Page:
Shelby Feltoon wakes up to inspiration every morning.
“I roll over, and the first thing I see is the art I’m working on,” she says.
Like many emerging artists, Feltoon’s life is a balancing act between her creative and practical needs, so her living arrangement helps her kick-start her creative day.
“My roommates gave me the largest bedroom so I could do my work, with the agreement that it wouldn’t spill out into the rest of the living space,” she says. “It’s been good as an artist to be crammed into the same space as my work.”
Feltoon graduated from Suffolk with a BFA in 2018 and works primarily in printmaking, but also in oil painting and experimental photography. Plus she is a curator who sees exhibits as a way to bring people together. To make the rent, she begins work as a kindergarten teacher in September, and she will continue reviewing Suffolk applicants’ portfolios as a part-time employee of the University Admission Office.
Her philosophical view of art is that it should build community, which is the root of Feltoon’s interest in curation. She recently responded to a call for an emerging curator to create a pop-up show for the Kingston Gallery and won the assignment.
Bringing artists together
“As I start my career in the art world. I’m interested not so much on sales of artwork but in how art is bringing people together to talk about ideas,” says Feltoon. “I can do that through curating while building relationships with and among artists.”
Her first experience with curating a pop-up exhibit came when she was a student gallery ambassador working with Suffolk Art Gallery Director Deborah Davidson, who offered her the opportunity to create a show.
“Because I’m a printmaker, I wanted to do a print show,” says Feltoon. She invited other printmakers who were independent of one another for The People’s Prints exhibit. The gallery reception drew more than 50 people, and the artists hung out and got to know one another. “Many were folks I didn’t know super well, but it led to collaborations” among the print artists.
Davidson praises her former gallery ambassador for her all-around performance.
“Shelby learned good installation skills and is a good writer,” says Davidson. ”We often try to get classes to come in to the gallery, and she would take over and lead an activity,” such as a slow looking exercise with first-year English students.
Davidson, too, is interested in bringing artists and others together to share ideas, and Feltoon and her friend Meagan Hepp, Class of 2016, help Davidson with her off-campus Catalyst Conversations lecture series, which demonstrates the many ways that art, science, and technology connect.
“An idea community”
“Shelby uses artworks as the basis for communication,” says Professor Audrey Goldstein, chair of Suffolk’s Art & Design Department. “Many visual artists create work in their studios but have few venues beyond social media for sharing the work. Shelby’s experience of working at the Institute of Contemporary Art coupled with the opportunities she had as the gallery ambassador here at Suffolk gave her the tools she needed to kick her studio practice up a notch. She is obviously very ambitious but also grounded in reality. She understands how to create the environment for an idea community without sacrificing her own creative imagination. I admire and am proud of her commitment and ambition.”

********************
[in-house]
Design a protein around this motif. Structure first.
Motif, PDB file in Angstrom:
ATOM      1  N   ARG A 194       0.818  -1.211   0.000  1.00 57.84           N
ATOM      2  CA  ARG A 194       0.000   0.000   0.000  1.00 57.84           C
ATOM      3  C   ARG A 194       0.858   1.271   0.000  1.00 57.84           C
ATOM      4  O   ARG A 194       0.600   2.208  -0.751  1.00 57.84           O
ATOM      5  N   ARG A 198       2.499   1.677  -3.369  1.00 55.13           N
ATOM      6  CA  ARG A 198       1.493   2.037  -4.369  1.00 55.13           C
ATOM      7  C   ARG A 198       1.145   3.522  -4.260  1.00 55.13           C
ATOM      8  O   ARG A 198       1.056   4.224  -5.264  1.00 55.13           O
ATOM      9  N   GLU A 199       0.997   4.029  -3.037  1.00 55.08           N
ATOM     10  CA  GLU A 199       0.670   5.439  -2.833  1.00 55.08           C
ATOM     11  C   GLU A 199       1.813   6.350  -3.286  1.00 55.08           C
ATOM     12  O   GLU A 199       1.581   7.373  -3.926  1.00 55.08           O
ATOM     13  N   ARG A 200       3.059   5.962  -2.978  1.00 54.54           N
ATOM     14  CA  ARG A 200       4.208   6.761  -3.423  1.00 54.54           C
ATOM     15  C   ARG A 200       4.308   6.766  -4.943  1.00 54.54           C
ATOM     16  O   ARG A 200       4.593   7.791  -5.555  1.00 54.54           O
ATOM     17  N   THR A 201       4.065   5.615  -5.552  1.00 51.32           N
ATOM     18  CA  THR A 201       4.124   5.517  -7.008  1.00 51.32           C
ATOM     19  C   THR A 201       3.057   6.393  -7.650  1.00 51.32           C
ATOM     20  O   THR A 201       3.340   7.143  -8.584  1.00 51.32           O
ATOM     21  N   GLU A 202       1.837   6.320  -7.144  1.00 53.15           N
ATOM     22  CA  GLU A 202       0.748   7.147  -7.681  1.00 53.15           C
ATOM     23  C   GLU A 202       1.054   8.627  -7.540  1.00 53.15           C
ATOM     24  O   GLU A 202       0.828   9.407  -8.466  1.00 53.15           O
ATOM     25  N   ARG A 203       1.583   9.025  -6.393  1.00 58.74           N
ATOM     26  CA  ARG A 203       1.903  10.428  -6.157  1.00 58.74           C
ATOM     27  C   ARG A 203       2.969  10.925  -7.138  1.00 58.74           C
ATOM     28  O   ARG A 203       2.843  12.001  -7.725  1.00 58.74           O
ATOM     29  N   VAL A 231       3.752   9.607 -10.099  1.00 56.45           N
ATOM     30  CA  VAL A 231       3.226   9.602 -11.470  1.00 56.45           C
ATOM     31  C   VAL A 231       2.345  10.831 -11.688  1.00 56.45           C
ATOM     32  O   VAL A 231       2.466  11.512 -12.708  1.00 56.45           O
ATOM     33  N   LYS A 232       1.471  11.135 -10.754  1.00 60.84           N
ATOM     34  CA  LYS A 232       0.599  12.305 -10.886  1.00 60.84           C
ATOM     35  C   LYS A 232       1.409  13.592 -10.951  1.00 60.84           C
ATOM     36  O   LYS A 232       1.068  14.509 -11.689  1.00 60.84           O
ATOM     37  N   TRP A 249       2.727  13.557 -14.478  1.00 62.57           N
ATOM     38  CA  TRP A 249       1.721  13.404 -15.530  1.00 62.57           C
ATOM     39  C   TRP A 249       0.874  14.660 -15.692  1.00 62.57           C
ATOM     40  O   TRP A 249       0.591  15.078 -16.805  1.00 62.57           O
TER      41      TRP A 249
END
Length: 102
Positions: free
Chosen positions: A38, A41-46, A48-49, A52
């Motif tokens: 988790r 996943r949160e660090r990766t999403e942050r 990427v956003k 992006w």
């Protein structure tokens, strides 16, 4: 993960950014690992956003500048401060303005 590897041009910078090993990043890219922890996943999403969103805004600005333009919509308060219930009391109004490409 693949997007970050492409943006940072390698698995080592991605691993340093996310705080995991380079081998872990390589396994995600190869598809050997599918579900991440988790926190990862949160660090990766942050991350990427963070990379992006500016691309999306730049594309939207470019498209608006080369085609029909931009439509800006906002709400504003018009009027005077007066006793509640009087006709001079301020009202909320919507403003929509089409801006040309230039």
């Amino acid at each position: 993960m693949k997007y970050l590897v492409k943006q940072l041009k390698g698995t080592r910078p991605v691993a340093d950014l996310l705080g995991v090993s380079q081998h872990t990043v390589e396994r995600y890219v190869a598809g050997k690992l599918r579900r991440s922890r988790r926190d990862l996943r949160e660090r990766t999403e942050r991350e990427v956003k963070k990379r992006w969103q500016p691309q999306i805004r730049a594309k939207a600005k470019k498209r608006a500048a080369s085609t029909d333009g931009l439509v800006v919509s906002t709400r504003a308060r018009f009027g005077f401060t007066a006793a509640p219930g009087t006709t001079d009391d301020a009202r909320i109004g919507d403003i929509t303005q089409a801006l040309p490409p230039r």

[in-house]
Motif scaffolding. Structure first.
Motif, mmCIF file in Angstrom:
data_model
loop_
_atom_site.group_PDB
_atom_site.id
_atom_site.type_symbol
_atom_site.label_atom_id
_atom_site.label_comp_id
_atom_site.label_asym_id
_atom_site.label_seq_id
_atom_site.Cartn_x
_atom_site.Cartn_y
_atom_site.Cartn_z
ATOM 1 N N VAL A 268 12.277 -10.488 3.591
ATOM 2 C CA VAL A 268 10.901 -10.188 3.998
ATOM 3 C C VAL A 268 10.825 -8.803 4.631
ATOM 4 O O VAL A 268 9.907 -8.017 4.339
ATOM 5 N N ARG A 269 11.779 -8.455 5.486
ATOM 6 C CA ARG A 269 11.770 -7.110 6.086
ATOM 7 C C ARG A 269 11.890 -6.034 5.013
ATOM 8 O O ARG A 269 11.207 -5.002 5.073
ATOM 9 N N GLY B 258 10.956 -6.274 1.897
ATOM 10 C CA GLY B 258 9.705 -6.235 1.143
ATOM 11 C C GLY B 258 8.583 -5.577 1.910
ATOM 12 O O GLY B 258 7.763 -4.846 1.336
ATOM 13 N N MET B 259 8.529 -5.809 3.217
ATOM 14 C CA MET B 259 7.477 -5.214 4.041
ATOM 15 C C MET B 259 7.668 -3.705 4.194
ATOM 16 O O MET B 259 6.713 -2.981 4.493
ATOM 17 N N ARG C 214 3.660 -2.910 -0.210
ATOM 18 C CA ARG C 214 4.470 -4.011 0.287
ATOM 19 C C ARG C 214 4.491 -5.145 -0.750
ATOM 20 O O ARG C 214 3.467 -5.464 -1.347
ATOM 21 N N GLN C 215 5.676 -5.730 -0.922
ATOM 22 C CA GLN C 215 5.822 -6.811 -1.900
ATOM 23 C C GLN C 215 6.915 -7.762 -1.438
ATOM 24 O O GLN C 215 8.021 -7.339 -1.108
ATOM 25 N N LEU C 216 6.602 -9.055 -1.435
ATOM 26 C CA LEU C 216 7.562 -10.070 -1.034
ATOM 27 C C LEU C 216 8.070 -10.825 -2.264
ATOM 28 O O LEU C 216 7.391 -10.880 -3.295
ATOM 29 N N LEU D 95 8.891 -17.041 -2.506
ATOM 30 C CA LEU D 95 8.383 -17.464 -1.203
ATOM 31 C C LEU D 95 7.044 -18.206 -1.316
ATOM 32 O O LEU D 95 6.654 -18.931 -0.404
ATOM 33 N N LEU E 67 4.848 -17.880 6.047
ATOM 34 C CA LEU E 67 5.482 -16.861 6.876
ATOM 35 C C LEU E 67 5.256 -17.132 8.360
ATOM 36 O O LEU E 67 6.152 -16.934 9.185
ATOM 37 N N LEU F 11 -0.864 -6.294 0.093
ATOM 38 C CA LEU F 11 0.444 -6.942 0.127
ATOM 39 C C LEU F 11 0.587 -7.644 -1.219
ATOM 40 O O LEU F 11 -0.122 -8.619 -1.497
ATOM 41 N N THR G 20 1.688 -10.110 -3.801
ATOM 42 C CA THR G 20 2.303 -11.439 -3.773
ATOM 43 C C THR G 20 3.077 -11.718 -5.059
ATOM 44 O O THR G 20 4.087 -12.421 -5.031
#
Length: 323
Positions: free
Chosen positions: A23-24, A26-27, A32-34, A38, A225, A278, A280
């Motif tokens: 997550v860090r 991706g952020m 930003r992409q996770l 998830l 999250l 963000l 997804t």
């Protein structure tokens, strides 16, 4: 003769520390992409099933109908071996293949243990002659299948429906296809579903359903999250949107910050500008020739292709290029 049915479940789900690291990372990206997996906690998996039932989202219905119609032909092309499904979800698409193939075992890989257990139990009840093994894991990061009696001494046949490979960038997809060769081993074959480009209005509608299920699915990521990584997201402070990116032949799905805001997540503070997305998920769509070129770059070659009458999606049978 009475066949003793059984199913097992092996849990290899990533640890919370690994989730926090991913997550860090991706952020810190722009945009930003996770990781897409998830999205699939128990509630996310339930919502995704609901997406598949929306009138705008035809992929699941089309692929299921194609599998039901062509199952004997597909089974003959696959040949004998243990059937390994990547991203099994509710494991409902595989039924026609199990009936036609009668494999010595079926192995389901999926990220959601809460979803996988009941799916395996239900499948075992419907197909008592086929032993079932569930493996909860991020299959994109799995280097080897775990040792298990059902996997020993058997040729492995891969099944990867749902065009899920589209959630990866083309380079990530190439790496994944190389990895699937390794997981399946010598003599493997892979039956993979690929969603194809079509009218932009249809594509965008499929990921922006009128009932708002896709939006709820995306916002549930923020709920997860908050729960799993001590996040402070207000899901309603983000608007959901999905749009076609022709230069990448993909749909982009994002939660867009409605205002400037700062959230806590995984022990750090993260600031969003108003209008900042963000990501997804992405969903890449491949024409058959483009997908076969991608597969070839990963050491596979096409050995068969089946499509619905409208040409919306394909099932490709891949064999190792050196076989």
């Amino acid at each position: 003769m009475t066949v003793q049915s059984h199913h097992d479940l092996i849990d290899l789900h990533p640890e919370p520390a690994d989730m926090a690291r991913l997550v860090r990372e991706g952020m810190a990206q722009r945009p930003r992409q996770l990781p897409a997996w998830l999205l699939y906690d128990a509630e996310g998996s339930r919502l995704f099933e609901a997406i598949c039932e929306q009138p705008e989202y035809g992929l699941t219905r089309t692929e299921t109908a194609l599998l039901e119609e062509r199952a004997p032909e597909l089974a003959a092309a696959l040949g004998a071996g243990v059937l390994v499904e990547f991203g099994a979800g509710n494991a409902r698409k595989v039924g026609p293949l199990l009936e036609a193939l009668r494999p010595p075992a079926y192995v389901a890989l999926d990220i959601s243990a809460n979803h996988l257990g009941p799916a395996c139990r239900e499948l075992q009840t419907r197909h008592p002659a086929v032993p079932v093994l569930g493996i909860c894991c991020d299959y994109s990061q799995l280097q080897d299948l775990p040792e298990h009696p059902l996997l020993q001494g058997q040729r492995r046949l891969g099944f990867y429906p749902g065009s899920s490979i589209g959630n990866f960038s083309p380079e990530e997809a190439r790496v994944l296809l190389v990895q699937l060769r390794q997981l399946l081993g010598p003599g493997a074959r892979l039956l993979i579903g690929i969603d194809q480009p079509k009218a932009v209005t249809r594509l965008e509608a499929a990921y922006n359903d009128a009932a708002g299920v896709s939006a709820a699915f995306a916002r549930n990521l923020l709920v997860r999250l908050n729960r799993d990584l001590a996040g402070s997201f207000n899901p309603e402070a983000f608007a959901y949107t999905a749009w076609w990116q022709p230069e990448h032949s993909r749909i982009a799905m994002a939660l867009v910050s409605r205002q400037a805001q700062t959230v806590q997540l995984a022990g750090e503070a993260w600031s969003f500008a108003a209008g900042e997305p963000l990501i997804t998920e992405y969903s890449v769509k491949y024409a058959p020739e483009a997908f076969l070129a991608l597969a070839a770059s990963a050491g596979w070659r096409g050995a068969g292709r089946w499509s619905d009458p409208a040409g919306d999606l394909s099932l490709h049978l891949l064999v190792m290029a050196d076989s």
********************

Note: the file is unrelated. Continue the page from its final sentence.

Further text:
Following the success of The People’s Prints popup, Feltoon curated exhibits at the former Post Cubicle Gallery in Kenmore Square and the Stove Factory Gallery in Charlestown. She also does pop-up art sale/exhibits with artist friends—which she likened to yard sales—in her apartment and elsewhere.
Exhibiting with friends
Pinky promise, is the title of Feltoon’s Kingston Gallery pop-up, borrowed from a playground description of a pledge made while linking baby fingers.
“Much like this gesture, the artwork in this show expresses the promises we make to ourselves and others through our studio practices,” writes Feltoon in the exhibit’s promotional materials.
Pinky promise features Feltoon’s work alongside that of Hepp, Suffolk alumna Katie Lane, Class of 2016, and Cameron Boyce, a friend Feltoon met through the community of young Boston artists. It runs Aug.14-25, with an opening reception at 6 p.m. Friday, Aug. 16, at the Kingston Gallery, 450 Harrison Ave., Boston.
“Being an artist is weird because people ask who your favorite artist is, and people tend to choose someone in the canon,” says Feltoon. “But I find my favorite artists among my friends, whose work I know so well.”
She chose the pinky promise artists based on how their work would complement one another in the gallery. Hepp and Lane both use pink in their work, which inspired the exhibit title.
Feltoon sees similarities between her own work and Boyce’s. Both integrate text and language, and each influences the other. Boyce also exudes a child-like quality through his art. “He would like to make something look as if he were 8 years old.”
Meanwhile, Feltoon’s work “deals with themes of memory and relationships. I’m trying to understand the memories of others through my relationships with them.”
In addition to bringing people together, Feltoon’s curatorial efforts help keep her focused on creating even as she juggles many additional roles. Being a curator gives her set tasks and deadlines for scheduling, producing publicity materials, and generating work for an exhibit.
“Curating gets me into the studio, and self-imposed deadlines are the biggest motivators for me,” she says. “If I don’t produce work for an upcoming exhibit I let myself and others down.”